2020 may not be over quite yet, but looking through the lens of hindsight, it’s clear that there are important takeaways from this challenging year. For one thing, food and beverage manufacturers need to continually assess (and adjust if needed) their safety plans and processes and their use of available technologies to get through periods of disruption that can cause labor shortages and varying levels of supply and demand. In addition, companies must pivot to new platforms to stay compliant and up-to-date with regulatory audits.
January began with a lot of talk about 2020 being a year of perfect vision. Flash forward several momentous months and it’s clear that this year has ended up being about focus: honing in on opportunities to overcome challenges and move forward as successfully as possible with product safety, quality and regulatory compliance. Here three key lessons to take from 2020:
The need for multifunctional and automated systems is greater than ever
When the global marketplace was quickly and dramatically affected by COVID-19 shutdowns, demand for food at retail was still strong, even as food manufacturing plants faced their own issues with restrictions and employee illnesses and exposures. With operational disruptions and labor shortages, the deployment of multifunctional equipment and highly automated systems that could do more tasks at once or replace labor to perform key tasks, became even more crucial. As one component of automated systems, multifunctional x-ray inspection systems have allowed operators to conduct simultaneous quality and safety checks with greater traceability.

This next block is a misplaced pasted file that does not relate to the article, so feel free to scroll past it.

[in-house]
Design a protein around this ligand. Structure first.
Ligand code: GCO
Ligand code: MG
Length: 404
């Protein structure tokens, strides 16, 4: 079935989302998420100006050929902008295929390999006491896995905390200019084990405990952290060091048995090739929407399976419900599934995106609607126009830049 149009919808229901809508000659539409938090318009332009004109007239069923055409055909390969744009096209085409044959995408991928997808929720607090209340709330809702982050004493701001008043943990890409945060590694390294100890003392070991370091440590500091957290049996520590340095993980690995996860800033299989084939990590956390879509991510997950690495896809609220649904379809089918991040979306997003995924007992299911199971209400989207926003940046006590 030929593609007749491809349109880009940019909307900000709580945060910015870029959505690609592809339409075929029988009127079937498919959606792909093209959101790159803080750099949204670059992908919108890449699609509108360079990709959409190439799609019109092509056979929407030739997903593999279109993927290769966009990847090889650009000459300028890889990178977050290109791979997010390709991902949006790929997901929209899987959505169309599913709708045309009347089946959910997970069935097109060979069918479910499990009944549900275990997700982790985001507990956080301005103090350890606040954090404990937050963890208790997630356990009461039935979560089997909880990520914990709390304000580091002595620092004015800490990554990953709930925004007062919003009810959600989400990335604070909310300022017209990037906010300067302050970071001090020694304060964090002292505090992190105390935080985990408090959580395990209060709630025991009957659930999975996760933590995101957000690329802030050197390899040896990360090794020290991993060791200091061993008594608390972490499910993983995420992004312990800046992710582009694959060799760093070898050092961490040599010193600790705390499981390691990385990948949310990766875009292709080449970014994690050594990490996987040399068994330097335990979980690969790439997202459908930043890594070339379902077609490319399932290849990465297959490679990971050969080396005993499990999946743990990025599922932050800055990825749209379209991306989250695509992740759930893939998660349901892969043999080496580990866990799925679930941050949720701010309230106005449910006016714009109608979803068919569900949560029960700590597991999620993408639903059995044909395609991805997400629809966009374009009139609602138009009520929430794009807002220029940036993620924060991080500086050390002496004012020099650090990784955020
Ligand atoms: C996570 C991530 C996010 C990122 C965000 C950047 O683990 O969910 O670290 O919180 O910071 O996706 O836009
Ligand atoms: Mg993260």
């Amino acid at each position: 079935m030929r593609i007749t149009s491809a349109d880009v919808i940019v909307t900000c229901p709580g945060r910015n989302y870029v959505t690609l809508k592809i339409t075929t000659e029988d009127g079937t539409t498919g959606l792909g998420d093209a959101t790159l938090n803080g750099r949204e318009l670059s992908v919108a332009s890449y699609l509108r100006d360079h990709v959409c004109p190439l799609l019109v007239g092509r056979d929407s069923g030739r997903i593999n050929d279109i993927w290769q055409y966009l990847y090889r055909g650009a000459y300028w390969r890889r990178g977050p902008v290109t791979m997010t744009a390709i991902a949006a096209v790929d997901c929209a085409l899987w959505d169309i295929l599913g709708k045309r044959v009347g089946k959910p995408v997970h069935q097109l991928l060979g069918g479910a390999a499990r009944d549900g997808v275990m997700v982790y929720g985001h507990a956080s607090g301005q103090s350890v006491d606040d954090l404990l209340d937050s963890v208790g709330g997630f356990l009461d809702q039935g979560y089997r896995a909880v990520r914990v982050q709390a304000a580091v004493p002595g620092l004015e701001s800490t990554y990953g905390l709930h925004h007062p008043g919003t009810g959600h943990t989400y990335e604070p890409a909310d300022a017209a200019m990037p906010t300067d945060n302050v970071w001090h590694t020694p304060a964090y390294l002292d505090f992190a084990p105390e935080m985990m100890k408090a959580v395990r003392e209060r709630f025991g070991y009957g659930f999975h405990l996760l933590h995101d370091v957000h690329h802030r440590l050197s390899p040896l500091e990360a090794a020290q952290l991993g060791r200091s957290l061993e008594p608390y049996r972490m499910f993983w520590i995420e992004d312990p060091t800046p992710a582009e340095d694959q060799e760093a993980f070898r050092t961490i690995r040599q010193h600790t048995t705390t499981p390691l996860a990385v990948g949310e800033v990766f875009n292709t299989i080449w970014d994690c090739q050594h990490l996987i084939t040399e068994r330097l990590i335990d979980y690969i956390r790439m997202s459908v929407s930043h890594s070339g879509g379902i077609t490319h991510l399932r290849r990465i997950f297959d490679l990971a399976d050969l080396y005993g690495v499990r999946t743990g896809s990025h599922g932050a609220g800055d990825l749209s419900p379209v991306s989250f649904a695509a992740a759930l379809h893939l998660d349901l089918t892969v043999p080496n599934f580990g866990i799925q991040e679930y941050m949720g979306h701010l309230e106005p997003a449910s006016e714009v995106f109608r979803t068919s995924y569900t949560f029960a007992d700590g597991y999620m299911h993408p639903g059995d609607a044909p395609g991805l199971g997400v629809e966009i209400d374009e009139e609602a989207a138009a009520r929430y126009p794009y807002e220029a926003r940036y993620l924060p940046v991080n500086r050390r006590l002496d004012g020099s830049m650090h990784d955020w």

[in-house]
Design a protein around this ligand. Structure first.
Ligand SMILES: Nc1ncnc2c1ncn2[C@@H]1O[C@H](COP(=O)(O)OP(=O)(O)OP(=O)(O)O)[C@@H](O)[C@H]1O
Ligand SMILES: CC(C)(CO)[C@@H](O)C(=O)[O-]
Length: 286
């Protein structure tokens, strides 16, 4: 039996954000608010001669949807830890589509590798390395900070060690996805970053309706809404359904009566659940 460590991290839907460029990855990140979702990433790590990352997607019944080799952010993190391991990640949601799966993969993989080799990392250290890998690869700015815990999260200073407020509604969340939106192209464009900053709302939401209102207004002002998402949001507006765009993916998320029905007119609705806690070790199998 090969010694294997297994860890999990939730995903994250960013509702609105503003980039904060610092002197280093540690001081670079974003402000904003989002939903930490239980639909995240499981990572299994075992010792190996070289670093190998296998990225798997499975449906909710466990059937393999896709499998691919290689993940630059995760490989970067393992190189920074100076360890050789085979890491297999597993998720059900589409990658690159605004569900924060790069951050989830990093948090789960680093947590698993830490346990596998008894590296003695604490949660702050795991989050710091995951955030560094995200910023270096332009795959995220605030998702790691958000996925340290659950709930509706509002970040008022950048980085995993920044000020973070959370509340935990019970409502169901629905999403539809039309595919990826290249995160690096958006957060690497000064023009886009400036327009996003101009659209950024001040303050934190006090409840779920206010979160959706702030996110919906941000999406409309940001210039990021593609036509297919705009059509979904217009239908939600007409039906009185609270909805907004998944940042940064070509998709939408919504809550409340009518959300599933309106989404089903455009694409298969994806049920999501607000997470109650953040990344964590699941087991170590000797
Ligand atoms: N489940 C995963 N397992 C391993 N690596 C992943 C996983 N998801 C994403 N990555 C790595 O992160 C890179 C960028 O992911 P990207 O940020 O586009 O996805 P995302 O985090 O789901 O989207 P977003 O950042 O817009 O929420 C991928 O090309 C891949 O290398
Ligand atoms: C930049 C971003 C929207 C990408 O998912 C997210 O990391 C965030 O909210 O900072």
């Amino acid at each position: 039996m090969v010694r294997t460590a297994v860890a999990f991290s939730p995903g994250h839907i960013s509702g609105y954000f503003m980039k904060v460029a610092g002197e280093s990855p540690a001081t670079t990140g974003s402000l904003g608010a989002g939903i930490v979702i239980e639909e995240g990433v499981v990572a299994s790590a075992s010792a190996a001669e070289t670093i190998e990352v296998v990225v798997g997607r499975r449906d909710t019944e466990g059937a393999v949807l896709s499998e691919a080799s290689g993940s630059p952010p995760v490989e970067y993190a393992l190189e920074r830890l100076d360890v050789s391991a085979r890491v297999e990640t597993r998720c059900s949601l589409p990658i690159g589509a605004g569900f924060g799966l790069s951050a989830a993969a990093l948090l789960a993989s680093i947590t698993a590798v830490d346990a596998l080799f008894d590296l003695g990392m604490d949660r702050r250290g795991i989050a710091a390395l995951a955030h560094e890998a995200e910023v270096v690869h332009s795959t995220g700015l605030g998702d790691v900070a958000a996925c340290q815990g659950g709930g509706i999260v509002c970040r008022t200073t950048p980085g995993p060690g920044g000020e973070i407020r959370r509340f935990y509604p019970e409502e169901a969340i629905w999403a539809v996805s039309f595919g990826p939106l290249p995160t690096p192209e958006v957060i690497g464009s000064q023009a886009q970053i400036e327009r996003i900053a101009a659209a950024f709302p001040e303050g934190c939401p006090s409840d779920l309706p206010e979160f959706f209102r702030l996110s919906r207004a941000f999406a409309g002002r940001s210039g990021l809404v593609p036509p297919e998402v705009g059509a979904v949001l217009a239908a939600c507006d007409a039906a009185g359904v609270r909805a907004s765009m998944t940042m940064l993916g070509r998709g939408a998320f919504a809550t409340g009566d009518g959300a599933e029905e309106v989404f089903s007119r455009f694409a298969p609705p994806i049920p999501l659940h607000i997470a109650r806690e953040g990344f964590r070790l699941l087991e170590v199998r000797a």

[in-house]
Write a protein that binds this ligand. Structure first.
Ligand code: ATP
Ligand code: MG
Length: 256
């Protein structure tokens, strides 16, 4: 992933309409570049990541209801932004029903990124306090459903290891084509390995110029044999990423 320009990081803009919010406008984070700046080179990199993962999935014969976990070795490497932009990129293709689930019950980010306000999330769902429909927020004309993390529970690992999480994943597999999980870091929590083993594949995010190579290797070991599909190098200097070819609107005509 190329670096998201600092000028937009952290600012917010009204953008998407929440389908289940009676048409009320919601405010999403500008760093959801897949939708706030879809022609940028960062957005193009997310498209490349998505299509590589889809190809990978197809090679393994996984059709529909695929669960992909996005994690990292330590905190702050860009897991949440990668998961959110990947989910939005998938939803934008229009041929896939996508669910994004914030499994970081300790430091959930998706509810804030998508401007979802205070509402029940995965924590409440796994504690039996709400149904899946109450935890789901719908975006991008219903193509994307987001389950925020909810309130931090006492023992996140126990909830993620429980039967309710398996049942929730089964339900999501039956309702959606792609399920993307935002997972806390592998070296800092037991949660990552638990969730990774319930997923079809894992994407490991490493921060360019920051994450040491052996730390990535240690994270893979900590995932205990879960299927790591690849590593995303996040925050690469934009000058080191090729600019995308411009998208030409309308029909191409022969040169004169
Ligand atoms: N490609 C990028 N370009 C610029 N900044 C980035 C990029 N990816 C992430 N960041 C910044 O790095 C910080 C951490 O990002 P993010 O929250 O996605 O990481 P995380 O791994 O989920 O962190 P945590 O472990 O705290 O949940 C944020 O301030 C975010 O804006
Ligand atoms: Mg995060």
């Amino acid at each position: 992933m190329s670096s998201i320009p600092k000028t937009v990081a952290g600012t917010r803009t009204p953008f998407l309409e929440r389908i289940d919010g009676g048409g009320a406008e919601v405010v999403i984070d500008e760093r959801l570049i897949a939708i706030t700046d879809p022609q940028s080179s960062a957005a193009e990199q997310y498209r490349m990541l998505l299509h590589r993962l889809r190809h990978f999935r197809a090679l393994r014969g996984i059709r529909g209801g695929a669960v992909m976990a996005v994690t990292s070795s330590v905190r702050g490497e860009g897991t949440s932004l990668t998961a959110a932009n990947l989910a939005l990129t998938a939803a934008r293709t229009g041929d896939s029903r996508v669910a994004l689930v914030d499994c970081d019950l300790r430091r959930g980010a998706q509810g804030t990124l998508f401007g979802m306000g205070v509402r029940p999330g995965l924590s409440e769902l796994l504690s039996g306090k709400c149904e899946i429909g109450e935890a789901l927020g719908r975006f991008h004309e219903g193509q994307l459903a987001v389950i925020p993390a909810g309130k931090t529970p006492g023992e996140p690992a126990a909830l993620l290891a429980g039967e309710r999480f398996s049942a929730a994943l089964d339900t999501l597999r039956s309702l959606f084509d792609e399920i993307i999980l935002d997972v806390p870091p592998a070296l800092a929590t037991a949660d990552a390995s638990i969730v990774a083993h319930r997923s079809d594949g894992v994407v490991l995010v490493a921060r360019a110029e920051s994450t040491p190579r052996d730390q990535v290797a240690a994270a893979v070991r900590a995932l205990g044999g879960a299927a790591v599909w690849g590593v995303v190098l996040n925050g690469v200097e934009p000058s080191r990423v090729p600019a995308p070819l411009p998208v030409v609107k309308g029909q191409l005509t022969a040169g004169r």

This is no time to risk a costly product recall
In uncertain economic and socioeconomic times like the past year, companies can ill afford any setbacks, including product recalls due to possible physical contaminants. Today’s consumers are more knowledgeable and wary, another reason to best leverage technologies that keep products safe. To prevent recalls and maintain consumer trust, food safety plans and processes need to be updated and adhered to within a broader food safety culture. At a time when tracing is essential across many sectors of the industry, companies with comprehensive traceability capabilities in place are well positioned to prevent recalls and react swiftly to any potential issues with quality and safety.
The ability to switch to new platforms to stay compliant in a pandemic
Food safety efforts cannot and do not take a break, even for a global pandemic. To continue to stay compliant with ever-stringent food safety standards and regulations, manufacturers can work with certification bodies on COVID-19-related postponements or the use of technologies for remote or partially remote audits.
Several new options have emerged for remote auditing. For example, following earlier directives on possible six-month postponement of recertification due to COVID-19 restrictions, the GFSI is accepting part-remote audits for certification to the FSSC 22000 standard. Pre-audit risk assessments are still mandatory.
Although there are differences in the ways remote and partially-remote audits are conducted for the GFSI and other standards, certification bodies are doing many of these audits via video from cameras installed in operational areas and via walk-through videos recorded by a manufacturer’s employee or employees. Livestream platforms like Zoom, WebEx and MS Teams are another tool that companies are using to communicate with auditors. When planning to conduct such videos and livestreams, it’s important to ensure that technologies and hardware, such as tablets, are secure and that employees are trained on how to work with remote audits.
Like other aspects of life and business in the pandemic, some of these adjustments may outlast the current health situation. Videos and livestreams, for example, may prove to be a part of auditing going forward both for internal assessments and third party audits to certain standards and regulations. With ongoing labor concerns and food safety and quality as priorities in a competitive marketplace, multi-functionality and investments in recall prevention including x-ray inspection systems will also continue to be at the top of many manufacturers’ list for moving into 2021 and beyond.
Christy Draus, Marketing Manager, Eagle Product Inspection